A weekend up the coast

This past weekend we headed out for a road trip. You see, Jess' brother was graduating from OCS up in Rhode Island and since that's relatively close to us, we made the trip up to celebrate with him. The drive was quite smooth and Oliver did great with a mix of looking out the window, singing, looking at books, sleeping, and taking in some Sesame Street (this Christmas I bought a portable DVD player, and we all agree that it is worth every bit of it's $59.99).

Once we got there, it was great to see family and to celebrate along with them.

Oliver especially loved the Navy Band. I was impressed too. It was all very neat. Congrats!

After the graduation, we spent our time driving around and checking out Newport, Rhode Island. It is quite the summer destination, but in the winter it can be quite chilly and blustery. No matter! We charged through the wind and snow and checked out the sites.

Here we are on the coast of the Cliff Walk, an area where all of the richest of people built their summer "cottages" during the Gilded Age. This place was thee place to be in terms of the social scene back then. No one stuck around in the winter, but instead, used the mansions for 5 to 8 weeks in the summer.

As we toured the Breakers, a mansion built by the Vanderbilts, I told Jess that I felt like we were taking a tour of the house in Downton Abbey. He responded that the place felt even grander than that to him. One of my favorite parts was the grand porch. As I stood on the cold closed-in porch during our tour, I imagined myself sitting in a wicker chair on a beautiful summer evening. Then Oliver started counting really loud because he discovered there was an echo. Like I said, it was a big porch.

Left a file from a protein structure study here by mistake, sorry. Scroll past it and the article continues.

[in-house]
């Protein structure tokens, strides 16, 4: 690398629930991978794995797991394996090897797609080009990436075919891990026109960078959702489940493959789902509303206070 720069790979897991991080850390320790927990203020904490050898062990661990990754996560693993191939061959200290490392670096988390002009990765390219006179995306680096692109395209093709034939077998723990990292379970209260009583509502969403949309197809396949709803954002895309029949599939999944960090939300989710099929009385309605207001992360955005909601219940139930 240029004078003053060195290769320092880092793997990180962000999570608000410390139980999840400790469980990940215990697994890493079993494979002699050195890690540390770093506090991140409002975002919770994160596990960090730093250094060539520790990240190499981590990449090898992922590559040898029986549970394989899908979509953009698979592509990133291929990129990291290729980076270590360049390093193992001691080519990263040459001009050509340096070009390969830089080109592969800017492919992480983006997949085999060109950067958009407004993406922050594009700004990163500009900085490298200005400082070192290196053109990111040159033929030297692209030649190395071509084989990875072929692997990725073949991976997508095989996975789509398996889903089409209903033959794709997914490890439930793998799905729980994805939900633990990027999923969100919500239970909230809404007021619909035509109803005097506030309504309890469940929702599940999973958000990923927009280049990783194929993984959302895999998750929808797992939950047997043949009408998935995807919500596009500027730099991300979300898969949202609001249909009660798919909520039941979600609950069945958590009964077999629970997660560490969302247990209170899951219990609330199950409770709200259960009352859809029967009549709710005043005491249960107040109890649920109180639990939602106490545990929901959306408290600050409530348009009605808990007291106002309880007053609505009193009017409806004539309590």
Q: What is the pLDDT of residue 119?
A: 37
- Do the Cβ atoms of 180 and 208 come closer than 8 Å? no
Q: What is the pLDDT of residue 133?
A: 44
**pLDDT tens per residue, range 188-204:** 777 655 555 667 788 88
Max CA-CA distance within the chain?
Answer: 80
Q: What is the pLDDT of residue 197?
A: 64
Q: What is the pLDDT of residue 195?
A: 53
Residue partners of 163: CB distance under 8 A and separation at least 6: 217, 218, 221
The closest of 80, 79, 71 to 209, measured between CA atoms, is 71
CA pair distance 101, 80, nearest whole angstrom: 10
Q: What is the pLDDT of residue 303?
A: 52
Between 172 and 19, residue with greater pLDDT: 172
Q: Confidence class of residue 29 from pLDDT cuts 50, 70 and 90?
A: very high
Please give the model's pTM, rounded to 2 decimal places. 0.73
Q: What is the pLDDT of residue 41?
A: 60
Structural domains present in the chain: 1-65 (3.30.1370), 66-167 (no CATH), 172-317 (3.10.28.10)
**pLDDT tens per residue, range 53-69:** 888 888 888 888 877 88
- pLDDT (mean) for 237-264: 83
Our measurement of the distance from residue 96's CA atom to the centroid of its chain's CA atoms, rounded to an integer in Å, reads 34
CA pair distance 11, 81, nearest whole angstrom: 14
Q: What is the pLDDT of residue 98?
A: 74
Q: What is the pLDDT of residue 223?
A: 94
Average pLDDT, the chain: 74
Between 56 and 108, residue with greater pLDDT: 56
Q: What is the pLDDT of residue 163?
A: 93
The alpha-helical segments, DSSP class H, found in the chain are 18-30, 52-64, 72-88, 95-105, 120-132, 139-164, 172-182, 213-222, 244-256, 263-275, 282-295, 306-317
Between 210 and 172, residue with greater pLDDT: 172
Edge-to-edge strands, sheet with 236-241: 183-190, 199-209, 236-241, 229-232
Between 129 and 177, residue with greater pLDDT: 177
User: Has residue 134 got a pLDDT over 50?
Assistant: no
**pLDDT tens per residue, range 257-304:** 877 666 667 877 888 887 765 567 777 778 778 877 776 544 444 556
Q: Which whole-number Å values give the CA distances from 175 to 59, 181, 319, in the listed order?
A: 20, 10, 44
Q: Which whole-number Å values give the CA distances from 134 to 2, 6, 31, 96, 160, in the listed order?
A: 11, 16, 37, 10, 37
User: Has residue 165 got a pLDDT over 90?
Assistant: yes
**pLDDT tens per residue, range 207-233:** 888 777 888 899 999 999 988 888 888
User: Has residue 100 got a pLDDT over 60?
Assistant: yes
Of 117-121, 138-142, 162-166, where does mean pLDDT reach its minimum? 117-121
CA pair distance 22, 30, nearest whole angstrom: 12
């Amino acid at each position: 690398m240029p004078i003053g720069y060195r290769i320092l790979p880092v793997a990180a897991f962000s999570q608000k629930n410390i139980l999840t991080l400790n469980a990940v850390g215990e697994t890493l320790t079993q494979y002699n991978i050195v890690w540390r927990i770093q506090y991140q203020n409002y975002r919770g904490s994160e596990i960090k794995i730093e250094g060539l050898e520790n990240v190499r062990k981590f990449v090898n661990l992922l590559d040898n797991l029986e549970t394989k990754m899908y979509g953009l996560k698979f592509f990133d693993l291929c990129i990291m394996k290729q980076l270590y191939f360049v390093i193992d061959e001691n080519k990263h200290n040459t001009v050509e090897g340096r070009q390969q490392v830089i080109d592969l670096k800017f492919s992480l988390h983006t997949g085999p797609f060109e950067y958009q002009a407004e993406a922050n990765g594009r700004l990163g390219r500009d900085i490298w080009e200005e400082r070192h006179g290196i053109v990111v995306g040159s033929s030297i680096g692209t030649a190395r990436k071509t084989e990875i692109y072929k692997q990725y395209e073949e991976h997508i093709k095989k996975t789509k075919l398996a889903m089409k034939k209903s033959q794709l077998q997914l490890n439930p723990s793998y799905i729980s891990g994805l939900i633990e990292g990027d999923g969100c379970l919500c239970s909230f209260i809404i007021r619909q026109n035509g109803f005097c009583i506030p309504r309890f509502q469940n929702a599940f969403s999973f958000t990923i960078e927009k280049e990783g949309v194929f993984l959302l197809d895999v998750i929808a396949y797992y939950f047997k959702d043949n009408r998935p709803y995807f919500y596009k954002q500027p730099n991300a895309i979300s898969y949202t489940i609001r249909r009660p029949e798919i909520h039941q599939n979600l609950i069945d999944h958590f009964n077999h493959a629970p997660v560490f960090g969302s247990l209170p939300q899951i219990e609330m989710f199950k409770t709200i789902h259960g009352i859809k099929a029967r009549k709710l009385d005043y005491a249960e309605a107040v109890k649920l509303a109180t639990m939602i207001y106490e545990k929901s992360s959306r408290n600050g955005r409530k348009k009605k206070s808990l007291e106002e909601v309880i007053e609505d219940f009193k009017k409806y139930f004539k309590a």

Then we visited the Marble house, another Vanderbilt mansion. There we were told that during the summer these houses can get up to 600-700 visitors per day. We asked how many had been in the day we visited, the answer: 44. To tell you the truth, it was kind of nice to just "hang out" in the houses with no one else there. We were able to ask every question we had and then some to our tour guides.

A while back my Mom visited these places when she was on a trip with a singing group. I remember her telling me that I ought to see them someday and I'm so glad I did. She also mentioned the National American Illustrator's Museum and so we tried to see it. I was amazed that it was opened during the off-season, between the hours of 2-5pm on Friday afternoons. We scurried through the cold and up the stairs but were disappointed to find out that kids under 5 were not allowed. Man! Anyhow, I got my fix by visiting the gift shop.

A wonderful trip indeed. Great to see family. It's just what you need to break up the winter months.


Janice said...

All of this looks so charming!

jo said...

This post makes me smile for so many reasons!

What a great opportunity to see these places.

I'm glad you had a Downton Abbey moment. What an interesting time period that must have been.

jo said...

I second your portable DVD purchase!

And I love that Ollie began to count loudly. Tell me, did he get up to 30? :)

jamesandlindsaylattin said...

How fun a January trip! Love the wicker chair imagery.